For stellar parallax, it should be very clear since 63 Ophiuchi has a "negative" - that is inverted - parallax. Something which cannot be explained according to the theory parallax just mirrors the real but hidden movement of earth.

It can be explained so as to concord with that theory only as an error of measurement. Something which is certainly possible - but if so possible also for all other stellar parallaxeis. If the error was even and if the "measured as negative" parallax for 63 Ophiuchi was really a positive one, the corresponding correction would approach alpha Centauri from 4 light years away to 2 only light years away - or closer. Even that would unsettle modern cosmology. And as stars would be closer, they would also be smaller. How much? We don't know.

If we assume for a moment Heliocentrism is true, we don't know exactly how much positive parallax must be counted as corresponding to the "negative parallax" that is "measured". We do know parallax is too small to measure directly and is measured by comparison to "background" - or to general lack of a parallax deviating the measure of annual aberration. Aberration is in angle size 20″.49552 arcseconds "generally speaking" and parallax is "measured" as variations around that value. No parallax exceeds 1".0 arcseconds. So all stars actually are each year measured as moving between 19″.49552 and 21″.49552 arcseconds or actually closer in to 20″.49552, with alpha Centauri and 63 Ophiuchi on opposite extremes. If Earth is moving, and if all of the 20″.49552 arcseconds are aberration and not parallax, parallactic deviations from it should only be measured in one direction, not in opposite ones.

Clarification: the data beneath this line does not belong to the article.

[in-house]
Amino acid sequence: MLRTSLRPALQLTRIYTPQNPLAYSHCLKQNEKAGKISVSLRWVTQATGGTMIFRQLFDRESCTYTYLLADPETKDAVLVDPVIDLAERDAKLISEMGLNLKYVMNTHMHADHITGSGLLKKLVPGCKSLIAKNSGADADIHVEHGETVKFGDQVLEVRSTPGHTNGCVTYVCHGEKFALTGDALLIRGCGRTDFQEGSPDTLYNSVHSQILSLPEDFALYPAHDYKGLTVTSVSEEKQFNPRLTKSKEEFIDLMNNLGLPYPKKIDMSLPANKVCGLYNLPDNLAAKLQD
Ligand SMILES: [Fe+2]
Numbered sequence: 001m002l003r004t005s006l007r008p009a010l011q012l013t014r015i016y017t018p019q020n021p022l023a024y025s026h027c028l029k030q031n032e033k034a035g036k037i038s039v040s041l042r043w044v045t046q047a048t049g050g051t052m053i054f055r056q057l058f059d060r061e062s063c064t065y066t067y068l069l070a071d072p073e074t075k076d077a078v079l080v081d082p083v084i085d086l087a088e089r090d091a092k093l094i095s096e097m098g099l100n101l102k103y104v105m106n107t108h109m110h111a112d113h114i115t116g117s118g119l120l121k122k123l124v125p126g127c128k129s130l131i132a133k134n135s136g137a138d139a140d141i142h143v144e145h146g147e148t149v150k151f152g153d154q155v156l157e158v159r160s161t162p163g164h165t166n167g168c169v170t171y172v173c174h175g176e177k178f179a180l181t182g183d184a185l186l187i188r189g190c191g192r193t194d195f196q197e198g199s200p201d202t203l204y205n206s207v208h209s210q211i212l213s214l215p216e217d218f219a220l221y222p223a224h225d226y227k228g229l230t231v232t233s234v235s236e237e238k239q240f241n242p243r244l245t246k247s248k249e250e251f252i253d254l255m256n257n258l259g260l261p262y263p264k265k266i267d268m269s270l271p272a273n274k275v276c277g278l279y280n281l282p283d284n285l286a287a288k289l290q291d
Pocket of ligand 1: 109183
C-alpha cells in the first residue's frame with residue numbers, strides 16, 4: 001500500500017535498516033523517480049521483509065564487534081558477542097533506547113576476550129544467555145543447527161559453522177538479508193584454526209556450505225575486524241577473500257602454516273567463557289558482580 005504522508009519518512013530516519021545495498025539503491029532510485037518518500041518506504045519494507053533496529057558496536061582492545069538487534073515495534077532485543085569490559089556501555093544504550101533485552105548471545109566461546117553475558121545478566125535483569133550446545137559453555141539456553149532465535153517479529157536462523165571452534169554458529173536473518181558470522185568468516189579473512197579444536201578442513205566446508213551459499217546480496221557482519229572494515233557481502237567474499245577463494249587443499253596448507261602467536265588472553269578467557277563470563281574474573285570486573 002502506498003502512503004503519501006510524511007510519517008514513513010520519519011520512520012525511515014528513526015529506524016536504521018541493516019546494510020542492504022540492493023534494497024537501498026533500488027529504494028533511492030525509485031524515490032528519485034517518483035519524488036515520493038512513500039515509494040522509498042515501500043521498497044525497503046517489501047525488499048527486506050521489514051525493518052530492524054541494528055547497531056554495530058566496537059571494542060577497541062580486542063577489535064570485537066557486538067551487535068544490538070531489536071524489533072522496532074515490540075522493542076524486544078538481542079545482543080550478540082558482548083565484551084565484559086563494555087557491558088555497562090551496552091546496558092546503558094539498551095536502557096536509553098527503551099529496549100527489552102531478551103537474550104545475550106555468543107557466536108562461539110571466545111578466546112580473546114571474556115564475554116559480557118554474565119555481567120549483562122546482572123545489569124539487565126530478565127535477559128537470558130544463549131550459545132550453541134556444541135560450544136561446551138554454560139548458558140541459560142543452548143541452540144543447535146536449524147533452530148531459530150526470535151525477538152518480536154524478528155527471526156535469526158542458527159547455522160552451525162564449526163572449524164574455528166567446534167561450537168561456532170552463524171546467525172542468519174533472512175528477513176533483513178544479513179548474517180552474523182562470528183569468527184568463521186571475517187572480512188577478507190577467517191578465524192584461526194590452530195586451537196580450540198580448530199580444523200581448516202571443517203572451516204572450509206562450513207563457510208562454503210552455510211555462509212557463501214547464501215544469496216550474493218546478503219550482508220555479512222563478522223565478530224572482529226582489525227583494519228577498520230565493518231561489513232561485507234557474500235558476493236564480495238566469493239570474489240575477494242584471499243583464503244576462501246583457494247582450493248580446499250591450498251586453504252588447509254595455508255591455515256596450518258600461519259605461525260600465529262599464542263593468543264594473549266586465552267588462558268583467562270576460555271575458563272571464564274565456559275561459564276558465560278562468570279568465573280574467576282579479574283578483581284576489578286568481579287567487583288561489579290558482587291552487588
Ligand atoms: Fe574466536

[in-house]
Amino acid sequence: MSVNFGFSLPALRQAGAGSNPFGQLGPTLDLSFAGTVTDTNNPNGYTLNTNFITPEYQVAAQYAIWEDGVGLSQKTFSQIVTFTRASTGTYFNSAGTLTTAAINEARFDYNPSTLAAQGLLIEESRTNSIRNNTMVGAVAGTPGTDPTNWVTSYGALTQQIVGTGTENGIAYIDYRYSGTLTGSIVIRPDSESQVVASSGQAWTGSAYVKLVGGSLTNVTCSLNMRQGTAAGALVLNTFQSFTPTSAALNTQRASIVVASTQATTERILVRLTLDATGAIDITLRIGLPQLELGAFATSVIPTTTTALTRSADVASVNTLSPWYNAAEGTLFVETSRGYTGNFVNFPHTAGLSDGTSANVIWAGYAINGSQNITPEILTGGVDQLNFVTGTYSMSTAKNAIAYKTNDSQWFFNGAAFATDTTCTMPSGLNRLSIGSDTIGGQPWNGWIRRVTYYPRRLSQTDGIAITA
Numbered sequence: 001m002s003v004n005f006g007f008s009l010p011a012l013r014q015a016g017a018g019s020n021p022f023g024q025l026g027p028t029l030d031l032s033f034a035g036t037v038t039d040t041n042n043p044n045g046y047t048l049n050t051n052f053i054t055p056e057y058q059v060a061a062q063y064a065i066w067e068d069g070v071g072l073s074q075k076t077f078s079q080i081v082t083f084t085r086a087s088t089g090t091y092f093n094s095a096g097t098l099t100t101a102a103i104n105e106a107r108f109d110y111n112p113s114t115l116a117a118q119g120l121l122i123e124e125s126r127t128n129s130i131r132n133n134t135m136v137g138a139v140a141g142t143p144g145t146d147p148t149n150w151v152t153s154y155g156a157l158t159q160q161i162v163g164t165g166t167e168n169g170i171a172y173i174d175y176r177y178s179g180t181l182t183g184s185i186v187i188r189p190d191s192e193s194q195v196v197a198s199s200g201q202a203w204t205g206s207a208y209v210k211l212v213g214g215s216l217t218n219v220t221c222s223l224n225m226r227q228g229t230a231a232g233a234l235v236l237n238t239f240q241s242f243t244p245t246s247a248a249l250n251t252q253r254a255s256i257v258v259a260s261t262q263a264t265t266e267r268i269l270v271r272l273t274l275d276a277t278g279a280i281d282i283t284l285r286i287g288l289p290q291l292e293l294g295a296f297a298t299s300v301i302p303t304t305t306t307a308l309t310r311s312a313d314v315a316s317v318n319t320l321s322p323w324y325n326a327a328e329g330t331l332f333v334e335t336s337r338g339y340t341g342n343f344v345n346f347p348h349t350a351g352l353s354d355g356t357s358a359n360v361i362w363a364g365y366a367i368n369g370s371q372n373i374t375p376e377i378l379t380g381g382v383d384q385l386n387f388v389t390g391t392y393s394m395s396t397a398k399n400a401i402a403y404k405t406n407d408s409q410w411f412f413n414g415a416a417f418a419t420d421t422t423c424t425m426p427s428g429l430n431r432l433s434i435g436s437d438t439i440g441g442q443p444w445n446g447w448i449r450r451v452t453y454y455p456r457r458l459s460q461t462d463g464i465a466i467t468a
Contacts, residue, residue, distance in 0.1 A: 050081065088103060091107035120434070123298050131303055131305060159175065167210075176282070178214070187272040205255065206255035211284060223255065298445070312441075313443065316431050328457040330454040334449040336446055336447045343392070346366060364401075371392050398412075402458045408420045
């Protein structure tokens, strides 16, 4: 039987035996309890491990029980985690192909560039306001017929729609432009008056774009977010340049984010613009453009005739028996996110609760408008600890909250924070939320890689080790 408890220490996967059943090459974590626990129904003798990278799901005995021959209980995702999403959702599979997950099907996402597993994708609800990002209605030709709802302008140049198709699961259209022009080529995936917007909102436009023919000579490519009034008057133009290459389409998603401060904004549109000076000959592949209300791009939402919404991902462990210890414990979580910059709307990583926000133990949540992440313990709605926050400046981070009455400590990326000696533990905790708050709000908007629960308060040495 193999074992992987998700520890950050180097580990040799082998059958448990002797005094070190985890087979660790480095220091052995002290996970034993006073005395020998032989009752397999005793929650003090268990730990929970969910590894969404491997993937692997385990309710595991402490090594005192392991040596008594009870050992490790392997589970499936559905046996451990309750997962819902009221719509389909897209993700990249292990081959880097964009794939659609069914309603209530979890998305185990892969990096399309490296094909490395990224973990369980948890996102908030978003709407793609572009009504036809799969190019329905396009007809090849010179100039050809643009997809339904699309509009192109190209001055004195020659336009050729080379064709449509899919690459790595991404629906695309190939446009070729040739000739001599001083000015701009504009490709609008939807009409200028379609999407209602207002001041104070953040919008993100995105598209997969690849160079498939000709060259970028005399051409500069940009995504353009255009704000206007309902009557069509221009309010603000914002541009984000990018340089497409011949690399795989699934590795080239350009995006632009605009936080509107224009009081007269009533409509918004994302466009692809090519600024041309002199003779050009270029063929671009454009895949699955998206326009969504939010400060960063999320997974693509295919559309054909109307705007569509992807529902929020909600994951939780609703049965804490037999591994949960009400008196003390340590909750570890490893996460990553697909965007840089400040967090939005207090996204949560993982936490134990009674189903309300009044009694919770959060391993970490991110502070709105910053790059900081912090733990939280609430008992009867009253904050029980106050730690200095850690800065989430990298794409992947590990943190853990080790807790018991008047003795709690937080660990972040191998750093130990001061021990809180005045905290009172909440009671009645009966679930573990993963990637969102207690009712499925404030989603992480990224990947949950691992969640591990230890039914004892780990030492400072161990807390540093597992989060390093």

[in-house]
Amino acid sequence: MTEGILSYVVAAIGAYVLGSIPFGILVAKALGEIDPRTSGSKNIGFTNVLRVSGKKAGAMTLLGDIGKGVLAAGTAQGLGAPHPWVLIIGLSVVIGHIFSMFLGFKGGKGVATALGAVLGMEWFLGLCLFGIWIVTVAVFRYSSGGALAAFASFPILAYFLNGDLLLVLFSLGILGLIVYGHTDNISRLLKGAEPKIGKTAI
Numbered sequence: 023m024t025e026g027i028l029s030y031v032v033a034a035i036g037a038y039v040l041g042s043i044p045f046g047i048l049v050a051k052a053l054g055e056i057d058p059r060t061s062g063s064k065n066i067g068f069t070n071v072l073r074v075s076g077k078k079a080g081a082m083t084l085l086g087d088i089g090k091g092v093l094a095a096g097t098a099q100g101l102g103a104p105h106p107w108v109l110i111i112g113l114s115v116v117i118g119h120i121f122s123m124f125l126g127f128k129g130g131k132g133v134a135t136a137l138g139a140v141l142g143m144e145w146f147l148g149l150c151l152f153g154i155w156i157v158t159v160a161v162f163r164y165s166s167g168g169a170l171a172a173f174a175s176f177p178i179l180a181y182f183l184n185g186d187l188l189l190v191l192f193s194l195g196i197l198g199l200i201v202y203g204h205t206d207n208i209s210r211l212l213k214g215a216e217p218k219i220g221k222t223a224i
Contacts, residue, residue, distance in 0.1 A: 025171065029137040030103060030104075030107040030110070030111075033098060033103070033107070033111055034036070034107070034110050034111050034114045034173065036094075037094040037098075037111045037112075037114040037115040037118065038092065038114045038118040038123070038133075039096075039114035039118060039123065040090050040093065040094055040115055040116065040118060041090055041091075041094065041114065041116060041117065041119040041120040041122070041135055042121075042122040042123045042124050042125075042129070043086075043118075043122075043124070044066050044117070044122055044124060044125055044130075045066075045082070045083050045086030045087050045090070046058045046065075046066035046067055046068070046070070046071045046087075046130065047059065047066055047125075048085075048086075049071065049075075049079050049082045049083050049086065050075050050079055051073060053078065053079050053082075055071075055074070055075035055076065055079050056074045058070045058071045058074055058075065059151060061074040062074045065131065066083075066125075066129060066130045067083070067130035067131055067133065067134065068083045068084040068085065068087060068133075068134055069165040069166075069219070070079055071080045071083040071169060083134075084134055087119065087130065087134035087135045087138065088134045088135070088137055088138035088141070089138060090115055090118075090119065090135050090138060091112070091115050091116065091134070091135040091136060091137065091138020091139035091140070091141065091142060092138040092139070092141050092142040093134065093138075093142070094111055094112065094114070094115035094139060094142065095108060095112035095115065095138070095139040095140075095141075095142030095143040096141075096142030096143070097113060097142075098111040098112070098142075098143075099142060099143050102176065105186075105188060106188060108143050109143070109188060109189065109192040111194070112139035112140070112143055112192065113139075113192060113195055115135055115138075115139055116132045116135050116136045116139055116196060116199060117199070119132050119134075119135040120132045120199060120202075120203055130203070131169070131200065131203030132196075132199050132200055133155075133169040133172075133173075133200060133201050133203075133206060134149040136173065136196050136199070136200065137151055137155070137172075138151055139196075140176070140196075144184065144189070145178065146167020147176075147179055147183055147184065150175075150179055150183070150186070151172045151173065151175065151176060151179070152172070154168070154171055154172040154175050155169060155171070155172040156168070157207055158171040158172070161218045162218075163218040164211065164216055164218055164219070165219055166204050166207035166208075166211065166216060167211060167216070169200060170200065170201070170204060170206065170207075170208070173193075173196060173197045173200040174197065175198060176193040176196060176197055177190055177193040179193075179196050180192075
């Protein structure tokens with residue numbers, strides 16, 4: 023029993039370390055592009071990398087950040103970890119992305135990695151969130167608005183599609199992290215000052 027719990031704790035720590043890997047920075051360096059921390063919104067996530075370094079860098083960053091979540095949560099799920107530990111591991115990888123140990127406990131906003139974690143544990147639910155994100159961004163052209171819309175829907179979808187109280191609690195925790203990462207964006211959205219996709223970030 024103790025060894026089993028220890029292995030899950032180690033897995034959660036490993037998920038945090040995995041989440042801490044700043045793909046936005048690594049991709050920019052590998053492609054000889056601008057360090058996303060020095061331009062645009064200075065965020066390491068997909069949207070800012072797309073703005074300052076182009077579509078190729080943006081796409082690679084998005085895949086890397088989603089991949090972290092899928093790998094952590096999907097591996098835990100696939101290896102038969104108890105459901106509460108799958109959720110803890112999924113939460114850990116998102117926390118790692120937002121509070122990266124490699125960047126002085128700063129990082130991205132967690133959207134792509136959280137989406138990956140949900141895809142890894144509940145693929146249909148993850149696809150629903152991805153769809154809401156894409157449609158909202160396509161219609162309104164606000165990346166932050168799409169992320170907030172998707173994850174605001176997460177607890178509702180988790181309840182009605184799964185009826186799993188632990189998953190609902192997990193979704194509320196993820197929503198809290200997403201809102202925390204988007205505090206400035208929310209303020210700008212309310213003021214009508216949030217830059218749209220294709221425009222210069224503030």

So, if parallax values are correct, Heliocentrism is proven untrue by 63 Ophiuchi, and if Heliocentrism is true, 63 Ophiuchi must have a positive parallax, and 20″.49552 arcseconds must be no pure aberration, and the positive parallaxes that are measured as positive must be larger, and therefore also modern cosmology breaks down.

So, no, parallax is NOT an Eratosthenes type optical proof for Earth moving around the Sun.

Therefore, Heliocentrism is not even as settled as spherical Earth was before Vasco da Gama. And absolutely not as settled as spherical Earth is since then.


Now, germ theory of disease, yes, it is in a sense as far as it goes, settled. We have DIRECT optical proof for existence of these germs, we have proof of their presence (or for healthy gut bacteria absence) during diseases, we have laboratory proofs they produce some of the toxins which have the bad effects, we have proof they prey on cells, we have proof killing off germs ends diseases.

Microscope is a surer tool than the telescope. We know the distance, angles, and what is being moveed and what is not being moved, at first hand, from the methods of manipulation.